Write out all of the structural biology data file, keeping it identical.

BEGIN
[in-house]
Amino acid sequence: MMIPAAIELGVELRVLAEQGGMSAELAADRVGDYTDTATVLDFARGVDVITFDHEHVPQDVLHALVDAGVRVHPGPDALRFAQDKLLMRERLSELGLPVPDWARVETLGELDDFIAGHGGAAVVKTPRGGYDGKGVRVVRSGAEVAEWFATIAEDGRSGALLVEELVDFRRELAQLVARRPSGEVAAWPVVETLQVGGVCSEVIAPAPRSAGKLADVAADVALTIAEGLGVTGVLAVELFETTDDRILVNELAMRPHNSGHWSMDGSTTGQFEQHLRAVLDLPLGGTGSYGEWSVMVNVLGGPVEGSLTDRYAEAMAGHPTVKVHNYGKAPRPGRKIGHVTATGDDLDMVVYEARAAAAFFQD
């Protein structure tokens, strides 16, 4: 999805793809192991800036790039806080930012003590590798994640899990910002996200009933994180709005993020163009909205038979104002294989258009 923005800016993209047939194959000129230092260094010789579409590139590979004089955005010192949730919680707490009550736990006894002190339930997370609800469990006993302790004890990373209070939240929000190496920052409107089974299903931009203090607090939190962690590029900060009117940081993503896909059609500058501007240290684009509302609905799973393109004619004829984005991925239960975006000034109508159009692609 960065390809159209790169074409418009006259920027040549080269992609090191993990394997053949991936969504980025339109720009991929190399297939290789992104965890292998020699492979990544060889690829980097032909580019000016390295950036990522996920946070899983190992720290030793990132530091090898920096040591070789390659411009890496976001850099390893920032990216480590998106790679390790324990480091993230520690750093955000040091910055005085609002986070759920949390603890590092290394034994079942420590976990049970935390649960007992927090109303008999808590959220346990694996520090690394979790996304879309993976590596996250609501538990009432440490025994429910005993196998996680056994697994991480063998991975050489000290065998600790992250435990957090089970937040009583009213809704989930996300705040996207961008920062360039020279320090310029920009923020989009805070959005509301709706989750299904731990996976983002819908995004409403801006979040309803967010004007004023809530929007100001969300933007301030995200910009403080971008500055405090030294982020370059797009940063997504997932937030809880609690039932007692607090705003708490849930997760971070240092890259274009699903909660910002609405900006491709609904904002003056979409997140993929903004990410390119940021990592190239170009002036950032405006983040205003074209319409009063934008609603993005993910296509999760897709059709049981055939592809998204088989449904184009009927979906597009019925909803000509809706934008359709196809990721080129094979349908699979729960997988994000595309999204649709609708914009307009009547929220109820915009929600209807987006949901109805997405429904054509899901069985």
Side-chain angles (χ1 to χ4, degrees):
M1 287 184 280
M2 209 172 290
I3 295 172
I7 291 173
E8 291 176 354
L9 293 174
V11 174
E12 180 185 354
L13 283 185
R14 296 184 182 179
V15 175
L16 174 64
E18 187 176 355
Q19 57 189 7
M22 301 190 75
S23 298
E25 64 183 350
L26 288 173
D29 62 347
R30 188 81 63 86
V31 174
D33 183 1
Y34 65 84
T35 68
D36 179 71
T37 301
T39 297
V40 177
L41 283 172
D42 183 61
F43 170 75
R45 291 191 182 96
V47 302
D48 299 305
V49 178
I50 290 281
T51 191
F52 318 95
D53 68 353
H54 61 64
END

[in-house]
Amino acid sequence: MMIPAAIELGVELRVLAEQGGMSAELAADRVGDYTDTATVLDFARGVDVITFDHEHVPQDVLHALVDAGVRVHPGPDALRFAQDKLLMRERLSELGLPVPDWARVETLGELDDFIAGHGGAAVVKTPRGGYDGKGVRVVRSGAEVAEWFATIAEDGRSGALLVEELVDFRRELAQLVARRPSGEVAAWPVVETLQVGGVCSEVIAPAPRSAGKLADVAADVALTIAEGLGVTGVLAVELFETTDDRILVNELAMRPHNSGHWSMDGSTTGQFEQHLRAVLDLPLGGTGSYGEWSVMVNVLGGPVEGSLTDRYAEAMAGHPTVKVHNYGKAPRPGRKIGHVTATGDDLDMVVYEARAAAAFFQD
């Protein structure tokens, strides 16, 4: 999805793809192991800036790039806080930012003590590798994640899990910002996200009933994180709005993020163009909205038979104002294989258009 923005800016993209047939194959000129230092260094010789579409590139590979004089955005010192949730919680707490009550736990006894002190339930997370609800469990006993302790004890990373209070939240929000190496920052409107089974299903931009203090607090939190962690590029900060009117940081993503896909059609500058501007240290684009509302609905799973393109004619004829984005991925239960975006000034109508159009692609 960065390809159209790169074409418009006259920027040549080269992609090191993990394997053949991936969504980025339109720009991929190399297939290789992104965890292998020699492979990544060889690829980097032909580019000016390295950036990522996920946070899983190992720290030793990132530091090898920096040591070789390659411009890496976001850099390893920032990216480590998106790679390790324990480091993230520690750093955000040091910055005085609002986070759920949390603890590092290394034994079942420590976990049970935390649960007992927090109303008999808590959220346990694996520090690394979790996304879309993976590596996250609501538990009432440490025994429910005993196998996680056994697994991480063998991975050489000290065998600790992250435990957090089970937040009583009213809704989930996300705040996207961008920062360039020279320090310029920009923020989009805070959005509301709706989750299904731990996976983002819908995004409403801006979040309803967010004007004023809530929007100001969300933007301030995200910009403080971008500055405090030294982020370059797009940063997504997932937030809880609690039932007692607090705003708490849930997760971070240092890259274009699903909660910002609405900006491709609904904002003056979409997140993929903004990410390119940021990592190239170009002036950032405006983040205003074209319409009063934008609603993005993910296509999760897709059709049981055939592809998204088989449904184009009927979906597009019925909803000509809706934008359709196809990721080129094979349908699979729960997988994000595309999204649709609708914009307009009547929220109820915009929600209807987006949901109805997405429904054509899901069985």
Side-chain angles (χ1 to χ4, degrees):
M1 287 184 280
M2 209 172 290
I3 295 172
I7 291 173
E8 291 176 354
L9 293 174
V11 174
E12 180 185 354
L13 283 185
R14 296 184 182 179
V15 175
L16 174 64
E18 187 176 355
Q19 57 189 7
M22 301 190 75
S23 298
E25 64 183 350
L26 288 173
D29 62 347
R30 188 81 63 86
V31 174
D33 183 1
Y34 65 84
T35 68
D36 179 71
T37 301
T39 297
V40 177
L41 283 172
D42 183 61
F43 170 75
R45 291 191 182 96
V47 302
D48 299 305
V49 178
I50 290 281
T51 191
F52 318 95
D53 68 353
H54 61 64